The debtor’s attorney had him input the schedules through a subscription “bankruptcy interview” website, printed them out in his office and had the debtor sign them, apparently without change. The client got all the downside of self representation but with the cost of a bankruptcy lawyer. The trustee got apoplexy. I got a consult with the now-imperiled non filing spouse.
The trustee and I shared the reaction shown above.
The debtor didn’t list the corporate family business as an asset, showed no household income for the past three years, and made no mention of the non filing wife’s corporate business. Now, I see a fair number of my questionnaires come back from clients with the same sort of omissions and misunderstandings. But the schedules don’t get filed that way.
One of the double checks in my office, where my partner and paralegals take the laboring oar in petition preparation, consists of a review of the draft filing against my notes of the initial consultation with the client and my memo to staff that follows that initial meeting. Despite all of our verbal explanation and written instructions, we get questionnaires back that omit gobs of the stuff I identified as issues in the first place. So, draft in hand, we set out to expand, correct, and complete the client’s input.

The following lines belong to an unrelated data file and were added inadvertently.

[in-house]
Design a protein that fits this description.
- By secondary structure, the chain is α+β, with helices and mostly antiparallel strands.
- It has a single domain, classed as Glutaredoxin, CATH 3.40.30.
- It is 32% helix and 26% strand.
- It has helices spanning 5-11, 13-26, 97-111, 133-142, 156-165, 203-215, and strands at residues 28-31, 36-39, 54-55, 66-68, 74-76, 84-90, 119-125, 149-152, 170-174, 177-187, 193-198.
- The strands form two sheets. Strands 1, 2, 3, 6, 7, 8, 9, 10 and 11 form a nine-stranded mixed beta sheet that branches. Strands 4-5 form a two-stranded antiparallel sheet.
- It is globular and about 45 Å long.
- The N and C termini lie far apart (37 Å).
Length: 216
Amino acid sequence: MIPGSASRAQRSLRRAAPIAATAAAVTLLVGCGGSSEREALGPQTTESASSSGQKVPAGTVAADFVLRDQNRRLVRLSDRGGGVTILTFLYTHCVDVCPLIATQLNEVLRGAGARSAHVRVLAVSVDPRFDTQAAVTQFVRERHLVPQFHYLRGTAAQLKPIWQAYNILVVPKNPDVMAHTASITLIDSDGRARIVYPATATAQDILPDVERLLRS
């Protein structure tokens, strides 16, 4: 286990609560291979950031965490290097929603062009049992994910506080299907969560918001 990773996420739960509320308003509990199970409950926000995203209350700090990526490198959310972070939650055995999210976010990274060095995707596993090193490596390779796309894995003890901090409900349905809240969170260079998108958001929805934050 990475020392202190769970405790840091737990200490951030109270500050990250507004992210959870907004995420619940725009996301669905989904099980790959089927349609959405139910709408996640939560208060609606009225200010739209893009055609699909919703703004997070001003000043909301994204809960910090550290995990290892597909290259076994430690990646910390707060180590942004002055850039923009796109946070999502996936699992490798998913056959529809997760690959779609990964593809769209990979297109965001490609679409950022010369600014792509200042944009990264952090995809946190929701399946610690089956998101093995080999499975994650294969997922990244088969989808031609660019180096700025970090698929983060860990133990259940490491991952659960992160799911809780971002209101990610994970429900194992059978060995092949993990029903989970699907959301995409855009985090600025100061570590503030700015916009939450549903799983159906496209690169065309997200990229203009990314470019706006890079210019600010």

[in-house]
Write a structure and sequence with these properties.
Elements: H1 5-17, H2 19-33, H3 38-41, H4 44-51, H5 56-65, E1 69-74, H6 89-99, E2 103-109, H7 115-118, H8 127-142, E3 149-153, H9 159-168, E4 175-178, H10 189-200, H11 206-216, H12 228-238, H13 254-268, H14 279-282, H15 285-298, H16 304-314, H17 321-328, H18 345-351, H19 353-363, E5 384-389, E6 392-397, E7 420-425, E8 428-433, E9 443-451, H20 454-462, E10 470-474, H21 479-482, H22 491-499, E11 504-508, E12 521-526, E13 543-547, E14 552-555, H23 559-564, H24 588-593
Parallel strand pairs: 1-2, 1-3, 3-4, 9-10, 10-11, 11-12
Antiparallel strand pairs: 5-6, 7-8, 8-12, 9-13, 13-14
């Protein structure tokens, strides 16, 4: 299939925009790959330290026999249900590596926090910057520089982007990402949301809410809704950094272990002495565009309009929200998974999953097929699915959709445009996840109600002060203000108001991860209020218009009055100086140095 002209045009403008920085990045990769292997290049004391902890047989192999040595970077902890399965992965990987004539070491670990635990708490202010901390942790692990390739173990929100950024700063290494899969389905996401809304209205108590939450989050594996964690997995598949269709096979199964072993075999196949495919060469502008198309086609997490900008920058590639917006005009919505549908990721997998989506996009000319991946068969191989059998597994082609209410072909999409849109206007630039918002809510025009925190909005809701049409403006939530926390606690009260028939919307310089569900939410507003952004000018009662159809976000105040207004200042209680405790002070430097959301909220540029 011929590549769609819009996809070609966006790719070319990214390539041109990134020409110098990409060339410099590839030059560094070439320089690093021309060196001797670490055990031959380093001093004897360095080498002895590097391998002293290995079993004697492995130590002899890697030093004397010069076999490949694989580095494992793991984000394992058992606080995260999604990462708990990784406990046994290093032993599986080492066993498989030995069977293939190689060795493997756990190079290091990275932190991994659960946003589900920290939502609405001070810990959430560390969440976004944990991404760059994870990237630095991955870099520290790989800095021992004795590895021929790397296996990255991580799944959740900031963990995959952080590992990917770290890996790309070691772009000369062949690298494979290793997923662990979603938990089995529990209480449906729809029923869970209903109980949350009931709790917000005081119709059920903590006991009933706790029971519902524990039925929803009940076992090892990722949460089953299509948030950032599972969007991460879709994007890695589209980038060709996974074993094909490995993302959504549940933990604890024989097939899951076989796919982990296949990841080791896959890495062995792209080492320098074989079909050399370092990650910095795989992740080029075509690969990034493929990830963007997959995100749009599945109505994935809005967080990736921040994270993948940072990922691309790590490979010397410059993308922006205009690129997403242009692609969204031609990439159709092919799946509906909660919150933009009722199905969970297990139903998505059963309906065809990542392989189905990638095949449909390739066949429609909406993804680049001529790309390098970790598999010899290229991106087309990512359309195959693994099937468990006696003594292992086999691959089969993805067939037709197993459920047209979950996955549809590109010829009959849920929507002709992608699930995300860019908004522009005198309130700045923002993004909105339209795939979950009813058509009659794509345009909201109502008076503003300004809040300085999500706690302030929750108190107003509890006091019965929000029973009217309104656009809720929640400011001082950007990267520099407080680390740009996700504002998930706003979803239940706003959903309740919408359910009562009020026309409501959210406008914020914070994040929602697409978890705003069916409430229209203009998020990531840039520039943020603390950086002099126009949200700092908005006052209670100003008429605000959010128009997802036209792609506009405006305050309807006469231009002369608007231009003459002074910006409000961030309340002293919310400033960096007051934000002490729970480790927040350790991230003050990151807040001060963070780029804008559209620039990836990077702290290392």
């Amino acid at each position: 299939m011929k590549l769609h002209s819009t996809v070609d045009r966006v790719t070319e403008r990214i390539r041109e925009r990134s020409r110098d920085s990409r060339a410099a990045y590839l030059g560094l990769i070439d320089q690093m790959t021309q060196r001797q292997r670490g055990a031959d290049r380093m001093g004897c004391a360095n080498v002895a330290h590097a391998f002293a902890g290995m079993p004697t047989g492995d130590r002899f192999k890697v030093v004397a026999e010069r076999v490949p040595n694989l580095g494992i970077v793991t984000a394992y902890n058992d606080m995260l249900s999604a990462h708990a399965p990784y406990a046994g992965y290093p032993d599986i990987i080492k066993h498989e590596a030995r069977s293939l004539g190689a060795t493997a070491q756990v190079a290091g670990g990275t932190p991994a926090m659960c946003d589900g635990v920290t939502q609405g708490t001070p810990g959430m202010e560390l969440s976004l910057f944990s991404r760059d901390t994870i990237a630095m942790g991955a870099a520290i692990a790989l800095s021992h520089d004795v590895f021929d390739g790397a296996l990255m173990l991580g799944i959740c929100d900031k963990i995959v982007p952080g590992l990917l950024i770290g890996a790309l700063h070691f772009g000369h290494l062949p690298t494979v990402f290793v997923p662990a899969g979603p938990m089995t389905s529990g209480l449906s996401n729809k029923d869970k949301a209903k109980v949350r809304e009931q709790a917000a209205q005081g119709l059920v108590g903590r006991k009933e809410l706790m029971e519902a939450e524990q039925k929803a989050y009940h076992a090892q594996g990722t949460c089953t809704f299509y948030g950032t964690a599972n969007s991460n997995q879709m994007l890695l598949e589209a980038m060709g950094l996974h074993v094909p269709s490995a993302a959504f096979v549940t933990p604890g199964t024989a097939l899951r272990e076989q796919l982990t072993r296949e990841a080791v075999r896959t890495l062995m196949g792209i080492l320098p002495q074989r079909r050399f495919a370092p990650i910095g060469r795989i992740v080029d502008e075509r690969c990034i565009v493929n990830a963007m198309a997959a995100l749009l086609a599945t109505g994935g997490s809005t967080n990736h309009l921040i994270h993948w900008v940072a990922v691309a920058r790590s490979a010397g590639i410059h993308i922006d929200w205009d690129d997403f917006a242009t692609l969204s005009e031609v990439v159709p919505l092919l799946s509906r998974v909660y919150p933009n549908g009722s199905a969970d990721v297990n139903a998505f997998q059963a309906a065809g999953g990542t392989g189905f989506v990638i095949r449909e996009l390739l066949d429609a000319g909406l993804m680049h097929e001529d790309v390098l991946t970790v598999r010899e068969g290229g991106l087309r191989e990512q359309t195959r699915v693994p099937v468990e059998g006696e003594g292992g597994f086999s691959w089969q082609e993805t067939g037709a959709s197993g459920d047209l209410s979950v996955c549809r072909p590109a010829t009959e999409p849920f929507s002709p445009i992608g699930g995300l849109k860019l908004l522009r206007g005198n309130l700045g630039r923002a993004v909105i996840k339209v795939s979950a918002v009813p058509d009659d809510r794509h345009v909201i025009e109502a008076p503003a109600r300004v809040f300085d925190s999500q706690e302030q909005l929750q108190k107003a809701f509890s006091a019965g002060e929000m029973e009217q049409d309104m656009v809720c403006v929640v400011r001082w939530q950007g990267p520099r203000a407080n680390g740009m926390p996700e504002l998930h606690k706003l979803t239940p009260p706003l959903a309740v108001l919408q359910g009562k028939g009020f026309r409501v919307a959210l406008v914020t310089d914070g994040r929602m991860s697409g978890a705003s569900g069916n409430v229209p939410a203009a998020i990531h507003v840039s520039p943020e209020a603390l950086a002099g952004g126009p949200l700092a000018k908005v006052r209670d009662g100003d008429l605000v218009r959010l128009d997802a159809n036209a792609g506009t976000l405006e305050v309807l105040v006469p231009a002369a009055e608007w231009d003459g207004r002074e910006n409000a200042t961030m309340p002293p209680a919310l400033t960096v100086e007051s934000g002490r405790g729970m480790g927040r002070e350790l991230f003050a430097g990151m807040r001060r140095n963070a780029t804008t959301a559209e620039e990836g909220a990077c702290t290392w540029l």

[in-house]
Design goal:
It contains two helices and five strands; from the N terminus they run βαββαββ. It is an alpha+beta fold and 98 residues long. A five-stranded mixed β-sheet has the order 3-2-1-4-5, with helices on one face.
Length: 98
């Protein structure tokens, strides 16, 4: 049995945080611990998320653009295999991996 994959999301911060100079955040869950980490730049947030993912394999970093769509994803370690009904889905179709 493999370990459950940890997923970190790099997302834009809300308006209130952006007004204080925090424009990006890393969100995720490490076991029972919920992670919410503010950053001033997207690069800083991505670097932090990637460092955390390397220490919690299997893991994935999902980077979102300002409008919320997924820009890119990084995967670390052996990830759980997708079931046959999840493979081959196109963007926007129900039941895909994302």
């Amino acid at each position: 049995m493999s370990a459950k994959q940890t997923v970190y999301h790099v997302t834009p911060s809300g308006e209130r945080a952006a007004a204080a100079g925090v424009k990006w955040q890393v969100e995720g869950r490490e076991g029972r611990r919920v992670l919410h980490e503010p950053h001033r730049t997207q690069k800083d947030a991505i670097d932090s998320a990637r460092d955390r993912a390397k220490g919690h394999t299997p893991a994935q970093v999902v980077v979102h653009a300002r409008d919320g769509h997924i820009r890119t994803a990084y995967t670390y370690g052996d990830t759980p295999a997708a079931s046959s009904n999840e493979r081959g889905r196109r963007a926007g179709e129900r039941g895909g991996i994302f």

I’m sure that shifting the typing to the client is cost effective, in the short run. But as we’ve said here, again and again, bankruptcy representation involves more than filing out forms. It’s a two level skill set: the first is knowing what goes in each slot in the schedules. The second is knowing what the implications of that information is when filtered through the bankruptcy code.